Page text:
Like many religions, aboriginals were interested in the meaning of dreams which unlike other cultures were perceived as a mystical return to the past rather than to interpret the future.
Aboriginal people often interpret dreams as being the memory of things that happened during this Creation Period. Dreams were important because they were considered the time when one was transformed back into prior ancestral time. This linking of dreams to the Creation Period has led people to adopt the general term “The Dream-time” in order to describe the time of creation in their religion. The term “Dream-time” in Aboriginal mythology is not really about a person having a dream, but rather, a reference to this Creation Period.

Ineffable mysticism and reverence for life
In modern day terms the divide between mysticism in religion and philosophy has become blurred for although the experiences of mysticism may be claimed to be ineffable (Incapable of being expressed; indescribable or unutterable), nevertheless for those traditions to take root from one generation to the next required a teacher able to coherently convey what is meant to ensure a future survival.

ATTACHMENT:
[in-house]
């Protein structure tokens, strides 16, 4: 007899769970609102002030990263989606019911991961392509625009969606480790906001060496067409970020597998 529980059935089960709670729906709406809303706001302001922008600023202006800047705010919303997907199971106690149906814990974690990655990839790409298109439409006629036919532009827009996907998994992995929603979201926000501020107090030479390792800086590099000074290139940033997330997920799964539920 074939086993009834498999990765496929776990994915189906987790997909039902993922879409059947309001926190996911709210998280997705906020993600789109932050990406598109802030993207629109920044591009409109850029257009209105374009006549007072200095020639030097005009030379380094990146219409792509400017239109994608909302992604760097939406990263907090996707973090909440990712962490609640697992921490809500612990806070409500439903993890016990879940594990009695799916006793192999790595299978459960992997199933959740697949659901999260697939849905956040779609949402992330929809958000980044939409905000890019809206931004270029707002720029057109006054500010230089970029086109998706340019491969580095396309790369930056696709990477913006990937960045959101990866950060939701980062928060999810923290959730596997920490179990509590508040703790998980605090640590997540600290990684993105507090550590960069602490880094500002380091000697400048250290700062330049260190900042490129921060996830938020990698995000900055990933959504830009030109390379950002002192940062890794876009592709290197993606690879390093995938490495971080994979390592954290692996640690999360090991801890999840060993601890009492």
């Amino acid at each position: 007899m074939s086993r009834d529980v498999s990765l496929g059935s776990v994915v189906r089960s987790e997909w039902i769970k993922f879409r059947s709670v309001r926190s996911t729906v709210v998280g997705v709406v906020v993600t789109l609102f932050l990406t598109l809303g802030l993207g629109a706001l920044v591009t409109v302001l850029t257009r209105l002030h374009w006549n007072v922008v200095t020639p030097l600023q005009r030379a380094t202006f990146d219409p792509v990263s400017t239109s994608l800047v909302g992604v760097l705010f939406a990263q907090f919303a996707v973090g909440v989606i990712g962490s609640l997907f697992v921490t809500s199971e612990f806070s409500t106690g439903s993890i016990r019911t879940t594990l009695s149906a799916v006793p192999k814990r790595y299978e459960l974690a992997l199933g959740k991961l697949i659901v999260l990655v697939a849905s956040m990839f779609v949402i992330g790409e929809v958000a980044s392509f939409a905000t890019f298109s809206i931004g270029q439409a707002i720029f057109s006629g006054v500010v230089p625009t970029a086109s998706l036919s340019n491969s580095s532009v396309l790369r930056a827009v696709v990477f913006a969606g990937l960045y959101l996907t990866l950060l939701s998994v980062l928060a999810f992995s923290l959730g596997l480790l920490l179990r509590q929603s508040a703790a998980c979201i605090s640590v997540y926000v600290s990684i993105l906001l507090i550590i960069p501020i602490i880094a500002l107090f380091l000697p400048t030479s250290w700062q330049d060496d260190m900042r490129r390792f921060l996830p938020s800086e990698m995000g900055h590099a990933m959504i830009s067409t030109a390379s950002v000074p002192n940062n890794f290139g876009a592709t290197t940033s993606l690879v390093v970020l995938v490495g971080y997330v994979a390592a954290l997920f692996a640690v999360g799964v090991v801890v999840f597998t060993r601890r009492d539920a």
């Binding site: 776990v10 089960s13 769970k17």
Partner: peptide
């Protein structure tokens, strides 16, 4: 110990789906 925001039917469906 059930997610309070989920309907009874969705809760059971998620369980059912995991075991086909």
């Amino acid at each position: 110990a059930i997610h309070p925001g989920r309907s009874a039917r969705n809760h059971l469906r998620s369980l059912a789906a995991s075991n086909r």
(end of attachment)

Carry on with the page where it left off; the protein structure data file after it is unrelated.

In the Taoist religion “The Tao” was considered with such reverence that any references made could no longer be considered the true Tao-Lao Tzu (Taoist), since such supremacy in spirit is also ineffable.

GOD was also ineffable in early Judaism
In early Judaism coherency in teachings was described by reference to GOD’S ways or actions in the mystical stories of the Old Testament. The Jewish approach to mysticism is complicated but generally it is agreed the mystics are to be interpreted in terms of allegory and imagination, a not dissimilar view held by scholars today in relation to the parables contained in the New Testament.

In the end any inherent complexity must become mundane for its future survival, as the old story goes of the student and his understanding of the various contemplative mysteries of the mountain whose enlightened state reveals it is a mountain.